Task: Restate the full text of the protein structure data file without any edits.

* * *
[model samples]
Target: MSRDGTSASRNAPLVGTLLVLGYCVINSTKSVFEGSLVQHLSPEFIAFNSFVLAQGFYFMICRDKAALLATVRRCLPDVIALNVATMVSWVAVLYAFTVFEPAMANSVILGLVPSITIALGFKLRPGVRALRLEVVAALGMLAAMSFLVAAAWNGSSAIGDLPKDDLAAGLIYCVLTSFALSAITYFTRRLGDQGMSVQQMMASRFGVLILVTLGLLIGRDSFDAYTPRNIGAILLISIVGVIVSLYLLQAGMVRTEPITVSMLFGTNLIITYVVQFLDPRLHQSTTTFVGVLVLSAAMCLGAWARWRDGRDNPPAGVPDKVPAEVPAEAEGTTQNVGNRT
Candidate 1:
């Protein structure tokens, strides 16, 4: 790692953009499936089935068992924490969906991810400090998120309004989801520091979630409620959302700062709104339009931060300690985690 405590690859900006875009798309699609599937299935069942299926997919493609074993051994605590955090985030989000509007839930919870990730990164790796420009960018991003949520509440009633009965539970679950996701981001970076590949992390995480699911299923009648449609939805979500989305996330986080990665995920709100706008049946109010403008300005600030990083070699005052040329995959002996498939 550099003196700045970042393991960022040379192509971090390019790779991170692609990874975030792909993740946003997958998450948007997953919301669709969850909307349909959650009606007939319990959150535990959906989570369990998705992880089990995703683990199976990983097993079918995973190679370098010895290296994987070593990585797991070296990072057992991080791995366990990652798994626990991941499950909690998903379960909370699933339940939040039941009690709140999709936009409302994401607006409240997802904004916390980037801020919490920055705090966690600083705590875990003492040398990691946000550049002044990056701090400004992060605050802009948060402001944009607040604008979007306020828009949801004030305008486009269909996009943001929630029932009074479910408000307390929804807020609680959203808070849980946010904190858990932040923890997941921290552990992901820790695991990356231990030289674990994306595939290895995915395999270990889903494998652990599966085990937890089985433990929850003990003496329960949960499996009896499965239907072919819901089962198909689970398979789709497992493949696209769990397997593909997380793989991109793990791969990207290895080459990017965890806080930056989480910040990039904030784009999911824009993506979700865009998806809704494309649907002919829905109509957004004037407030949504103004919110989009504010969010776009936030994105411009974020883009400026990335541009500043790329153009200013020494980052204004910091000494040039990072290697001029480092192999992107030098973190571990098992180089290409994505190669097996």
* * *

[model samples]
Target: MSRDGTSASRNAPLVGTLLVLGYCVINSTKSVFEGSLVQHLSPEFIAFNSFVLAQGFYFMICRDKAALLATVRRCLPDVIALNVATMVSWVAVLYAFTVFEPAMANSVILGLVPSITIALGFKLRPGVRALRLEVVAALGMLAAMSFLVAAAWNGSSAIGDLPKDDLAAGLIYCVLTSFALSAITYFTRRLGDQGMSVQQMMASRFGVLILVTLGLLIGRDSFDAYTPRNIGAILLISIVGVIVSLYLLQAGMVRTEPITVSMLFGTNLIITYVVQFLDPRLHQSTTTFVGVLVLSAAMCLGAWARWRDGRDNPPAGVPDKVPAEVPAEAEGTTQNVGNRT
Candidate 1:
């Protein structure tokens, strides 16, 4: 790692953009499936089935068992924490969906991810400090998120309004989801520091979630409620959302700062709104339009931060300690985690 405590690859900006875009798309699609599937299935069942299926997919493609074993051994605590955090985030989000509007839930919870990730990164790796420009960018991003949520509440009633009965539970679950996701981001970076590949992390995480699911299923009648449609939805979500989305996330986080990665995920709100706008049946109010403008300005600030990083070699005052040329995959002996498939 550099003196700045970042393991960022040379192509971090390019790779991170692609990874975030792909993740946003997958998450948007997953919301669709969850909307349909959650009606007939319990959150535990959906989570369990998705992880089990995703683990199976990983097993079918995973190679370098010895290296994987070593990585797991070296990072057992991080791995366990990652798994626990991941499950909690998903379960909370699933339940939040039941009690709140999709936009409302994401607006409240997802904004916390980037801020919490920055705090966690600083705590875990003492040398990691946000550049002044990056701090400004992060605050802009948060402001944009607040604008979007306020828009949801004030305008486009269909996009943001929630029932009074479910408000307390929804807020609680959203808070849980946010904190858990932040923890997941921290552990992901820790695991990356231990030289674990994306595939290895995915395999270990889903494998652990599966085990937890089985433990929850003990003496329960949960499996009896499965239907072919819901089962198909689970398979789709497992493949696209769990397997593909997380793989991109793990791969990207290895080459990017965890806080930056989480910040990039904030784009999911824009993506979700865009998806809704494309649907002919829905109509957004004037407030949504103004919110989009504010969010776009936030994105411009974020883009400026990335541009500043790329153009200013020494980052204004910091000494040039990072290697001029480092192999992107030098973190571990098992180089290409994505190669097996």